Feeling empty from time to time may be a normal part of the human condition. But if you experience persistent feelings of emptiness, there may be something you can do about it.
What does emptiness feel like?
- You don’t have a sense of purpose.
- You perceive a lack of meaning in your life.
- You’re not happy, but you’re not particularly sad, either.
- If someone were to ask you how you feel, you might say, “I don’t know.”
What causes feelings of emptiness? No one knows for sure, and there may be more than one cause. A common reason you might feel empty is self-alienation—feeling like a stranger to yourself. This sensation develops over time, usually as a result of pushing away unwanted emotions.
Our emotions are an important aspect of our experience of ourselves and our quality of life, yet most of us have some degree of trouble allowing ourselves to have certain feelings. Anger is one emotion that many people try not to experience, for example.
What happens to our feelings when we refuse to acknowledge them? They stick around in the shadows of our minds, gumming up the emotional works and, eventually, cutting us off from ourselves altogether.
The result? We feel empty. We have a pulse, but we’re not really alive.
Life is an emotional experience.
If you come from a family that didn’t “do” certain (or any) emotions, you’re at increased risk of feeling empty.
Here are some ideas for getting out from under this uncomfortable state:
- Stop looking “out there” for a sense of purpose. Your purpose springs forth from your uniqueness. It’s not something that floats around the earth independently like a cloud, waiting for you to find it. If you don’t have a strong sense of who you are, it’s can be hard to feel in touch with your purpose. You are someone in particular. You have a story, of which you’re the star.
- Think about this question: “Who is the person experiencing this feeling of emptiness?” Your authentic self is the person who cries when you’re sad, and laughs when you’re tickled. It’s your authentic self who wants to inhabit the void, filling you with meaning, purpose, and connection. Start where you are: Someone is feeling empty. Who is it?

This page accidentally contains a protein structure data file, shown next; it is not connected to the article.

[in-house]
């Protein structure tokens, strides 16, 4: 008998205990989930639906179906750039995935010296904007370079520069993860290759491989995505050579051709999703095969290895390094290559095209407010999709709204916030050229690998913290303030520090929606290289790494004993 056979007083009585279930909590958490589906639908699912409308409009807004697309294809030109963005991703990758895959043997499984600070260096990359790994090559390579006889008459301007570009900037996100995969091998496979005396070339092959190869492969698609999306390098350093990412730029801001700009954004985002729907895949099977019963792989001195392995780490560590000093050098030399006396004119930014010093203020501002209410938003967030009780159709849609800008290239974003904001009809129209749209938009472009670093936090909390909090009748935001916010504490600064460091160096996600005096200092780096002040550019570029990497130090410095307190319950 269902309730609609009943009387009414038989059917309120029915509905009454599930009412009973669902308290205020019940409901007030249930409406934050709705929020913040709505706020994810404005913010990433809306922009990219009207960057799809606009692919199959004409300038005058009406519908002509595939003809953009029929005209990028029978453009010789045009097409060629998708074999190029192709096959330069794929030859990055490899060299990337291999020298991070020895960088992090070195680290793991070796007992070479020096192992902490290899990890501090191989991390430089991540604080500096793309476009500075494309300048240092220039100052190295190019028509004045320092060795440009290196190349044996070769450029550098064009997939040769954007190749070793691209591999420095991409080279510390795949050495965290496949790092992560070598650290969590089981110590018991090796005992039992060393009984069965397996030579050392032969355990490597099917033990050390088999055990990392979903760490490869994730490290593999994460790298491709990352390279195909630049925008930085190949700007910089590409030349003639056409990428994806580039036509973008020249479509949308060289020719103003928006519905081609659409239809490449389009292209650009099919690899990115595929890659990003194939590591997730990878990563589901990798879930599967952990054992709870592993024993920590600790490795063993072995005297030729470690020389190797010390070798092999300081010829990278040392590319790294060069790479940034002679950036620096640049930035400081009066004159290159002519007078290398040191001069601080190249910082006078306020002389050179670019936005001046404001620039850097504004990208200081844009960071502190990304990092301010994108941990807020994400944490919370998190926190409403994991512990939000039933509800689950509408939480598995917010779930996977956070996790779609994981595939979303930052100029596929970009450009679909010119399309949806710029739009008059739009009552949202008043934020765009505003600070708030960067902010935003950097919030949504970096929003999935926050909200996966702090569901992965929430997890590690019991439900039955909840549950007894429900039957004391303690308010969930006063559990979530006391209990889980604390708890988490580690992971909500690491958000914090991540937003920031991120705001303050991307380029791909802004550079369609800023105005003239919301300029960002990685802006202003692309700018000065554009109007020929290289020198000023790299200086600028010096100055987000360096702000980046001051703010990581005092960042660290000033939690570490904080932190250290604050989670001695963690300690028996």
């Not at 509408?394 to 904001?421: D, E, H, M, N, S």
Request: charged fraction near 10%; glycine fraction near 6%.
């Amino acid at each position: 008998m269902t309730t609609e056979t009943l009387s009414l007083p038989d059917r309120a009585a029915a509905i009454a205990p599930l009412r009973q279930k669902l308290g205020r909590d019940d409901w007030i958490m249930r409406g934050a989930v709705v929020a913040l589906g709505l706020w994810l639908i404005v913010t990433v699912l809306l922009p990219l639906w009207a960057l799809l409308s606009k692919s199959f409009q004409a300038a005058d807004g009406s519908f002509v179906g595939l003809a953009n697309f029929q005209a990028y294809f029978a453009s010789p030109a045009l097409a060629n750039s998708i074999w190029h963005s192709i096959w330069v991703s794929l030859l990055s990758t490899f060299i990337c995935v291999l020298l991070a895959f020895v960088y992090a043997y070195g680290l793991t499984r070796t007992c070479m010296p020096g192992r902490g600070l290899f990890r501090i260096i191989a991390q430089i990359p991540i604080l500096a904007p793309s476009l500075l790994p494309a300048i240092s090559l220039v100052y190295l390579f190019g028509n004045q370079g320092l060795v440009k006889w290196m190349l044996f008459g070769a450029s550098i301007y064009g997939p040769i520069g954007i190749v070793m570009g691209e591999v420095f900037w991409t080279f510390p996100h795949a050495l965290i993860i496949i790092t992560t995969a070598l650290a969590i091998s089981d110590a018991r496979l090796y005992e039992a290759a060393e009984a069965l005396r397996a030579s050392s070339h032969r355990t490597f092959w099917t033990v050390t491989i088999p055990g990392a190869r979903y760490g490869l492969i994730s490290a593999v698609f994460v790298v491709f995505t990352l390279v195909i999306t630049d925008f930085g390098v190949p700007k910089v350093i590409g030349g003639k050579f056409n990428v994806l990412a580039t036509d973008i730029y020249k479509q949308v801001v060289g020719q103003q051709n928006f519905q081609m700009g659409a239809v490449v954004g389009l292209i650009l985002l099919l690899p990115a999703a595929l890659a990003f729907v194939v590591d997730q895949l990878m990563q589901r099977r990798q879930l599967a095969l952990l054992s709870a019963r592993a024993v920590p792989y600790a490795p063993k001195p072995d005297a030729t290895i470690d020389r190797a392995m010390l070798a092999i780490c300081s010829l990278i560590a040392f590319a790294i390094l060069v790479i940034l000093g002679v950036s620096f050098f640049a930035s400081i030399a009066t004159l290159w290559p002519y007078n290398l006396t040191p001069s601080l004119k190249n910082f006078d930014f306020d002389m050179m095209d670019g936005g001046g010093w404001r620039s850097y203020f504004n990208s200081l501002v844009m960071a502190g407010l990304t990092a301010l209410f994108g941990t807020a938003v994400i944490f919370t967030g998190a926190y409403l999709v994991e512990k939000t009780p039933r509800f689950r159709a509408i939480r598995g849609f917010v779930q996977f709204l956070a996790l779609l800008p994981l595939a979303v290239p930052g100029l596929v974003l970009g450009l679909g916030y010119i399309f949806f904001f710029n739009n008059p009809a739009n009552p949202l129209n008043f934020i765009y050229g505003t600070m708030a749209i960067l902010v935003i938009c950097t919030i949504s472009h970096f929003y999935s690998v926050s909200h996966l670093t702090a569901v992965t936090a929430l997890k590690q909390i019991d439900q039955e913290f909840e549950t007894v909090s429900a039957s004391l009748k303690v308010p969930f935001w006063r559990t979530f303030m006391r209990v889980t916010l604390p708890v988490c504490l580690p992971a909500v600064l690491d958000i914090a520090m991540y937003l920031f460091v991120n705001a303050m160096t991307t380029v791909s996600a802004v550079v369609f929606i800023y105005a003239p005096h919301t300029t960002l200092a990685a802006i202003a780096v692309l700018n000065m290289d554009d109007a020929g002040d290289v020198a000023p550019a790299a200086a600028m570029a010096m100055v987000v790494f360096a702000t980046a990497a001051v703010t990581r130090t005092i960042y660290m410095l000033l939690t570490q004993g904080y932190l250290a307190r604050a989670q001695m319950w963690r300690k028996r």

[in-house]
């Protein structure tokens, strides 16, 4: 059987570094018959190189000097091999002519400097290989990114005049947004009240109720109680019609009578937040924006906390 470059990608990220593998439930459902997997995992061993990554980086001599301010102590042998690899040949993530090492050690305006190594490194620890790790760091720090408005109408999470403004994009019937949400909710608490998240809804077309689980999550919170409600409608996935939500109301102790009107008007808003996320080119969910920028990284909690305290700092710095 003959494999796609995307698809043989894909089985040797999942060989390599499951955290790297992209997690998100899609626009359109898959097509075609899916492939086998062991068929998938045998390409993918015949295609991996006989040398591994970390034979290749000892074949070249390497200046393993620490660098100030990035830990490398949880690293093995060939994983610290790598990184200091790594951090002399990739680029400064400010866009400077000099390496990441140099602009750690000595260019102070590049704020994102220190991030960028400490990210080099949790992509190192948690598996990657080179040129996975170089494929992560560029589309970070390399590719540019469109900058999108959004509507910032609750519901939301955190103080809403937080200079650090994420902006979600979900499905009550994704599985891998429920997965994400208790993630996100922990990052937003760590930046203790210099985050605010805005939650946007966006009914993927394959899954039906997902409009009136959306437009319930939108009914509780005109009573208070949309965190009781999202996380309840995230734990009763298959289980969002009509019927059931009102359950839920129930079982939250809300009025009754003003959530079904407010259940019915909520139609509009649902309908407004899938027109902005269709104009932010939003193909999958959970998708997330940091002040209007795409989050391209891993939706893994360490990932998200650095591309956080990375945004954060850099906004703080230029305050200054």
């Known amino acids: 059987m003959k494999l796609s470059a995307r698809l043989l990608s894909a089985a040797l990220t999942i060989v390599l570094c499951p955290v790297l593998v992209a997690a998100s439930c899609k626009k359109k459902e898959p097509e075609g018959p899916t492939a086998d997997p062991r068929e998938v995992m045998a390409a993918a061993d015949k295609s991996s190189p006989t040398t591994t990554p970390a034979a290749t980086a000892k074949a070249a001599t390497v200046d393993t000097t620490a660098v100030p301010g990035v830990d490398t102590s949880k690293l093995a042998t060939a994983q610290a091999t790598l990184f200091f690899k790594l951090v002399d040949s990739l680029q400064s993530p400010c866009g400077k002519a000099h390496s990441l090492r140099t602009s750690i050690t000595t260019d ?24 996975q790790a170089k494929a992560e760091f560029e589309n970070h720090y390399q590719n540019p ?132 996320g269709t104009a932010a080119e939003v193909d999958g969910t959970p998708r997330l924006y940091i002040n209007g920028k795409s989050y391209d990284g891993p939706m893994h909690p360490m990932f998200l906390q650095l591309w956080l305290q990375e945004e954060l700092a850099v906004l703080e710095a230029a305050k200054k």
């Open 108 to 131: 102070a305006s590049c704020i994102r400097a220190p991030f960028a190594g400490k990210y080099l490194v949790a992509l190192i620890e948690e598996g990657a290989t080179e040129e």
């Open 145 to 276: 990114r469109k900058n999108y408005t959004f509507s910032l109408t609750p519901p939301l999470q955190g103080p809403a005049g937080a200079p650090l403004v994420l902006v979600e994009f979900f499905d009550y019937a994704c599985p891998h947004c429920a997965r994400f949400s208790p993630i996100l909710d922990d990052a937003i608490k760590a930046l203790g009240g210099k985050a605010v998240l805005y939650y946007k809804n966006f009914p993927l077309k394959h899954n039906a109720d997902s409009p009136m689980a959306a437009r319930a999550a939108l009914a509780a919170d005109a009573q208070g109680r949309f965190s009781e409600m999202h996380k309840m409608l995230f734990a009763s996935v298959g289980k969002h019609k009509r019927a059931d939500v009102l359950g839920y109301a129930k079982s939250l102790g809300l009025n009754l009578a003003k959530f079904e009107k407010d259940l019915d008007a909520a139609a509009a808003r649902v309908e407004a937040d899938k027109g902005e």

- Ask yourself how you might feel if you weren’t feeling empty. Look at your life—past, present, and/or future. What comes up as you think about it? Any so-called negative emotions such as anger, disappointment, or despair are showing you what might be hiding under a numbing blanket of emptiness. Are you protecting yourself from something you’d rather not know? Be curious, not judgmental. Compassionate, not accusing.
- Embrace your emotions, whatever they are. This is the same as embracing yourself. Although emotions aren’t literally a part of you, they’re a reliable reflection of you in this moment. How you feel in any given moment is the road that connects you with your authentic self. Try a little constructive wallowing in any emotions you have, and remember: curiosity and compassion, not judgment, is the goal.
- Be a joiner. There’s meaning in connection with other people. Consider sharing your sense of emptiness with another person. If there’s no one in your life you trust with that information, a support group could be valuable. A grief support group might be a good choice. Many of us have endured enough loss in our lives to fit right in. You can’t be closer to another than you are to yourself. Be honest and kind to yourself, rather than looking to other people to fill you up.
- Root out shame. There is nothing inherently wrong with you. It’s hard to be close to someone you despise, and shame encourages you to reject yourself.
- Try therapy. A good therapist holds up a metaphorical mirror, helping you see and appreciate who you are. If you need a little help, find a therapist in your area.
You don’t have to live your life feeling empty if you don’t want to. You deserve a good relationship with yourself and a meaningful, purposeful life. Let this article reach that part of you that’s there under the surface, waiting to reconnect and dispel those feelings of emptiness.
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